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There’s More Than One Way to Shoot in a War

The camera-toting soldier

Shooting with cameras rather than guns.  Signal Corps photographers were the “eyes” of the military.  Whether taking motion pictures or still photographs, often in the thick of the action, military photographers captured and produced scores of images for the purpose of strategy and intelligence, map-making and simply to document historic moments.  Photographers in WWII, Korea, Vietnam and other ‘conflicts’ captured some of the most iconic images of their eras.

In addition to its primary role in military transmissions, the Signal Corps, also played a key role in producing training film for army and civilian personnel and documenting combat missions.  During WWII, noted Hollywood producers, directors, and photographers all served in the Signal Corps.  They all brought their talents in the motion picture studio to the field of battle, while dozens of others provided instruction to the personnel.

Signal Corps photo, 4 June ’44, Normandy

In the European Theater (ETO), Signal Corps photographers took part in the landings of North Africa, Italy and later, Normandy.  Amazing footage of D-Day showed members of the unit hitting the Utah and Omaha Beaches, forwarding the first film of the amphibious assaults to England via carrier pigeons.

The Signal Corps subsequently documented every major military campaign around the world, producing millions of feet of combat film and hundreds of thousands of developed still images.  From these sources, the Army supplied the news media in the U.S. and elsewhere with imagery of the war, using 24-hour air delivery service and later sophisticated telephoto electronic transmission equipment.

The 165th

In the course of photographing WWII, the Signal Corps also played a crucial role in documenting evidence of Nazi atrocities and the Holocaust.  Many of the early still and moving pictures of newly liberated Nazi concentration camps were taken by Army photographers and many were later transmitted to news agencies in America and other countries, where they helped to inform the world about the horrors of Nazism and the plight of concentration camp prisoners.  The US Army and other Allied governments eventually used these to confront German POWs as evidence of war crimes.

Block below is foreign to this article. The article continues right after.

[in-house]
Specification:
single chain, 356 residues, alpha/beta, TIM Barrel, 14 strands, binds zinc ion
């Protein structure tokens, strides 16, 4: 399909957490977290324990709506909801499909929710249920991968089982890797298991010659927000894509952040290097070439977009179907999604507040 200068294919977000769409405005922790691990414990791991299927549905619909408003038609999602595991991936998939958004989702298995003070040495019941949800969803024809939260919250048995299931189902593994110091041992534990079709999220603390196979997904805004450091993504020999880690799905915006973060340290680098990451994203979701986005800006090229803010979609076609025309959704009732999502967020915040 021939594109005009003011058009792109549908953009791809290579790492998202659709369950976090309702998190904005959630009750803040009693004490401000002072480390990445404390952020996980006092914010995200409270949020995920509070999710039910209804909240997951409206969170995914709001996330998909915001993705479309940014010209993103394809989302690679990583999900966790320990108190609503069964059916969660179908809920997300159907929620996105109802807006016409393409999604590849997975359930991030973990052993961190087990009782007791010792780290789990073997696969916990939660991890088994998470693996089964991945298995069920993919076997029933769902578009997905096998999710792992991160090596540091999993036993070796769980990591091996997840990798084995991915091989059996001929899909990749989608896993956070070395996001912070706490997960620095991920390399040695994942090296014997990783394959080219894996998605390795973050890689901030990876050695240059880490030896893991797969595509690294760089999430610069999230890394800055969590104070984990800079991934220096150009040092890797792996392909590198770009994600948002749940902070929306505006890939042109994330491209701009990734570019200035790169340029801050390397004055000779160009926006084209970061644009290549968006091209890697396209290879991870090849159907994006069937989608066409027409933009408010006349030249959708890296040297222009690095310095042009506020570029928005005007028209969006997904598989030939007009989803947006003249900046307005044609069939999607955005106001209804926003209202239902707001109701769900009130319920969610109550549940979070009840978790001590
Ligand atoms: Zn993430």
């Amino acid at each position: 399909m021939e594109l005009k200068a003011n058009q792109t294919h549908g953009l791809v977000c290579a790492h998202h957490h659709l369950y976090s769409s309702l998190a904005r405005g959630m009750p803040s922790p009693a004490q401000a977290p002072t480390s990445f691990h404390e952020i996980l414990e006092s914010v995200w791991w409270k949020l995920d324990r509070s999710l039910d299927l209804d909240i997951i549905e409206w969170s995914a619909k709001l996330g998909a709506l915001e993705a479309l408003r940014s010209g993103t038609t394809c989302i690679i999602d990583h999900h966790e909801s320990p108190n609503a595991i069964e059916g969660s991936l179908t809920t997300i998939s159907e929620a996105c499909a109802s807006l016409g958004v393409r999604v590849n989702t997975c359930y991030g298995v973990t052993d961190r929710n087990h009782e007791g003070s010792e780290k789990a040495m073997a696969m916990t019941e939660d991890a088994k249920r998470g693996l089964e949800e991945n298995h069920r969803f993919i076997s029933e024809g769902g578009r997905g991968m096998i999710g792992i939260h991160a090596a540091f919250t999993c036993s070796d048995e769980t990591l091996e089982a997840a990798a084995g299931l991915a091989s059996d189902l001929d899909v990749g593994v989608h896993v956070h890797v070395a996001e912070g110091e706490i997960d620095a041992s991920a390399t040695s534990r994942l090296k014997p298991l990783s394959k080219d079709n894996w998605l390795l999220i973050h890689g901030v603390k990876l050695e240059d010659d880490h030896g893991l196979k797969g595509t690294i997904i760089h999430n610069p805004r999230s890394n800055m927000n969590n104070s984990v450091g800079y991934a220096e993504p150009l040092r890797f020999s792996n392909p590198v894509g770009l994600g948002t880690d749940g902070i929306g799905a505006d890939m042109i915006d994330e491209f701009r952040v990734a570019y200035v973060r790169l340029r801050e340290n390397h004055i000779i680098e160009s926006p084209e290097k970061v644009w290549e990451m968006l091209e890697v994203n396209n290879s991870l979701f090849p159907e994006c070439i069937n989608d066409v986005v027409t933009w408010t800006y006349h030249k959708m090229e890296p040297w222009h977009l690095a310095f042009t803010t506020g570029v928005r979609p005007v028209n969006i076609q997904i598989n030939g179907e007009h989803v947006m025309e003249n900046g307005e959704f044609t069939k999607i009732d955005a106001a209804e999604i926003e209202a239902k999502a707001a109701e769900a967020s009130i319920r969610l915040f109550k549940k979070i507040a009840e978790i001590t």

Lieutenant from the 165th Signal Photo Company dries negatives.

Photography and film taken by the Corps had a variety of uses.  Training films were effective for teaching and indoctrinating the masses of inductees.  Studies showed that these films reduced training time by 30%.  Many of these film were re-scored into foreign languages for the non-English speaking Allies.

In the field, the Corps distributed entertainment films for the soldiers’ morale and feeling for home.  While on the home front, the news reels marked the progress of the struggle, bringing the war home to the millions of Americans before the days of television.

Signal Corps footage comprised 30 to 50% of each newsreel; while the still pictures illustrated the nation’s books, newspapers and magazines.  The government did put some restrictions on what could be shown, but the public received a more realistic look at the warfare than ever before.

Signal Corps photo, 11th A/B Div. jump on Aparri, Luzon

 

 

This article was first published in “The Voice of the Angels” newspaper of the 11th Airborne Division Association.

 

 

 

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Military Humor –

 

 

Signal Corps

 

 

 

 

 

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Quarantine humor –

 

 

 

 

 

 

 

 

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Farewell Salutes – 

Franklin Beach – Washington, D.C. ; US Navy, WWII, Corpsman

James Byrd – Marion, NC; US Army Air Corps, WWII, pilot / Air Force Reserves, Lt. Col. (Ret.)

Otho “Jim” Craddock – Malden, MO; US Navy, WWII, USS Bagley

Mary (Mory) Eldridge (100) – Appleton, WI; US Navy WAVES, WWII

Robert Hull – Oshtemo, MI; US Army, WWII & Korea, Major (Ret.)

George R. Reeser – Washington, IL; USMC, PTO, Pvt., I Co./3/6th Marines, KIA (Tarawa)

Mary Scott – Ebensburg, PA; Civilian, Dept. of Defense & Agriculture, WWII

Jack R. Stambaugh – Wichita Falls, TX; USMC, WWII, PTO, Co. B/1/6th Marines, KIA (Tarawa)

Charles Vonderau – Brooklyn, NY; US Navy, Yeoman 2nd Class, USS Bangust

Ferrald Walker Sr. (105) – Rockwood, TN; US Army, WWII, ETO, 1512th Battalion Detachment, Sgt.

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A Newsreel Cameraman’s View of D-Day

I CAN NOT IMAGINE HOW I MISSED DISCOVERING THIS BLOG BEFORE NOW!!I   ENJOY !!

The Unwritten Record

Jack Lieb went to Europe in 1943 with two movie cameras: He brought his 35mm black and white camera to film war coverage for Hearst’s News of the Day newsreels and his 16mm home movie camera to shoot color film to show to his family back home. After the war, Lieb edited the color footage into a film that he would narrate in lectures around the country, in venues as varied as the National Geographic Society in Washington, D.C. and his daughter’s fourth grade class in Chicago.

In the film below, donated by the Lieb family to the National Archives in 1984, you’ll see D-Day from a perspective different than the official military film or commercial newsreel. With his personal footage, Lieb takes the viewer through the preparations in England, where he spent time with war correspondents Ernie Pyle, Jack Thompson, and Larry LaSueur, to the…

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